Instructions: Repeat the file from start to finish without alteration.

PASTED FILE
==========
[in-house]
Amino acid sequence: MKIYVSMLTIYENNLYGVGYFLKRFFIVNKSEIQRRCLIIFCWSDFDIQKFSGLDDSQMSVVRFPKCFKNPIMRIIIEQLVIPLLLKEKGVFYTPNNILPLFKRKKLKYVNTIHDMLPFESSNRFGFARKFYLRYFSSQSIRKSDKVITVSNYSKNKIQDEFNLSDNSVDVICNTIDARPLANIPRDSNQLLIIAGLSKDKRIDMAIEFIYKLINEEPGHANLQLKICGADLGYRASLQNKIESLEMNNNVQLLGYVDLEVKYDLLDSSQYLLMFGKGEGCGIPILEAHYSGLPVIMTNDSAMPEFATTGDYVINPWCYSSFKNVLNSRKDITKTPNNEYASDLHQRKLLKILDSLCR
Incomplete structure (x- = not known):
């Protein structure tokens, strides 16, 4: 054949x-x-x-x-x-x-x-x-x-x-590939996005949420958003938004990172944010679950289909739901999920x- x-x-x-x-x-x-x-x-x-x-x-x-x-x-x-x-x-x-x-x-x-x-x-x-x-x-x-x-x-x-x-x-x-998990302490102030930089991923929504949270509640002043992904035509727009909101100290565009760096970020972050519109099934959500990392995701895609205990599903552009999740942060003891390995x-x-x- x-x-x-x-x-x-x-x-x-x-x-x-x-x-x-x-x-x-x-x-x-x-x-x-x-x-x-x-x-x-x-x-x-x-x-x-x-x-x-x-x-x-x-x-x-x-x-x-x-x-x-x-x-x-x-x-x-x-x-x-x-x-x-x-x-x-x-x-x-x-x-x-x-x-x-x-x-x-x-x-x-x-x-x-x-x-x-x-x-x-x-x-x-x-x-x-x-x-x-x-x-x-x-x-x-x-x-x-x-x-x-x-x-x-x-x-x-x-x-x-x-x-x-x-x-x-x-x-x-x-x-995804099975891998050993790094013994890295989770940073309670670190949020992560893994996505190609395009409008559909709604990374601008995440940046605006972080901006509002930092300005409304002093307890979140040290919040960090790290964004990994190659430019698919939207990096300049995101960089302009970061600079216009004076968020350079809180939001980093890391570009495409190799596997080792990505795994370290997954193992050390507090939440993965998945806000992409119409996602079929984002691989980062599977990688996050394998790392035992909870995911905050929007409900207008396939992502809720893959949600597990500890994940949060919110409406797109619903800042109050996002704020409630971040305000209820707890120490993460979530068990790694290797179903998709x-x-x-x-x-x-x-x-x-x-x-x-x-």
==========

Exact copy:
[in-house]
Amino acid sequence: MKIYVSMLTIYENNLYGVGYFLKRFFIVNKSEIQRRCLIIFCWSDFDIQKFSGLDDSQMSVVRFPKCFKNPIMRIIIEQLVIPLLLKEKGVFYTPNNILPLFKRKKLKYVNTIHDMLPFESSNRFGFARKFYLRYFSSQSIRKSDKVITVSNYSKNKIQDEFNLSDNSVDVICNTIDARPLANIPRDSNQLLIIAGLSKDKRIDMAIEFIYKLINEEPGHANLQLKICGADLGYRASLQNKIESLEMNNNVQLLGYVDLEVKYDLLDSSQYLLMFGKGEGCGIPILEAHYSGLPVIMTNDSAMPEFATTGDYVINPWCYSSFKNVLNSRKDITKTPNNEYASDLHQRKLLKILDSLCR
Incomplete structure (x- = not known):
């Protein structure tokens, strides 16, 4: 054949x-x-x-x-x-x-x-x-x-x-590939996005949420958003938004990172944010679950289909739901999920x- x-x-x-x-x-x-x-x-x-x-x-x-x-x-x-x-x-x-x-x-x-x-x-x-x-x-x-x-x-x-x-x-x-998990302490102030930089991923929504949270509640002043992904035509727009909101100290565009760096970020972050519109099934959500990392995701895609205990599903552009999740942060003891390995x-x-x- x-x-x-x-x-x-x-x-x-x-x-x-x-x-x-x-x-x-x-x-x-x-x-x-x-x-x-x-x-x-x-x-x-x-x-x-x-x-x-x-x-x-x-x-x-x-x-x-x-x-x-x-x-x-x-x-x-x-x-x-x-x-x-x-x-x-x-x-x-x-x-x-x-x-x-x-x-x-x-x-x-x-x-x-x-x-x-x-x-x-x-x-x-x-x-x-x-x-x-x-x-x-x-x-x-x-x-x-x-x-x-x-x-x-x-x-x-x-x-x-x-x-x-x-x-x-x-x-x-x-x-995804099975891998050993790094013994890295989770940073309670670190949020992560893994996505190609395009409008559909709604990374601008995440940046605006972080901006509002930092300005409304002093307890979140040290919040960090790290964004990994190659430019698919939207990096300049995101960089302009970061600079216009004076968020350079809180939001980093890391570009495409190799596997080792990505795994370290997954193992050390507090939440993965998945806000992409119409996602079929984002691989980062599977990688996050394998790392035992909870995911905050929007409900207008396939992502809720893959949600597990500890994940949060919110409406797109619903800042109050996002704020409630971040305000209820707890120490993460979530068990790694290797179903998709x-x-x-x-x-x-x-x-x-x-x-x-x-």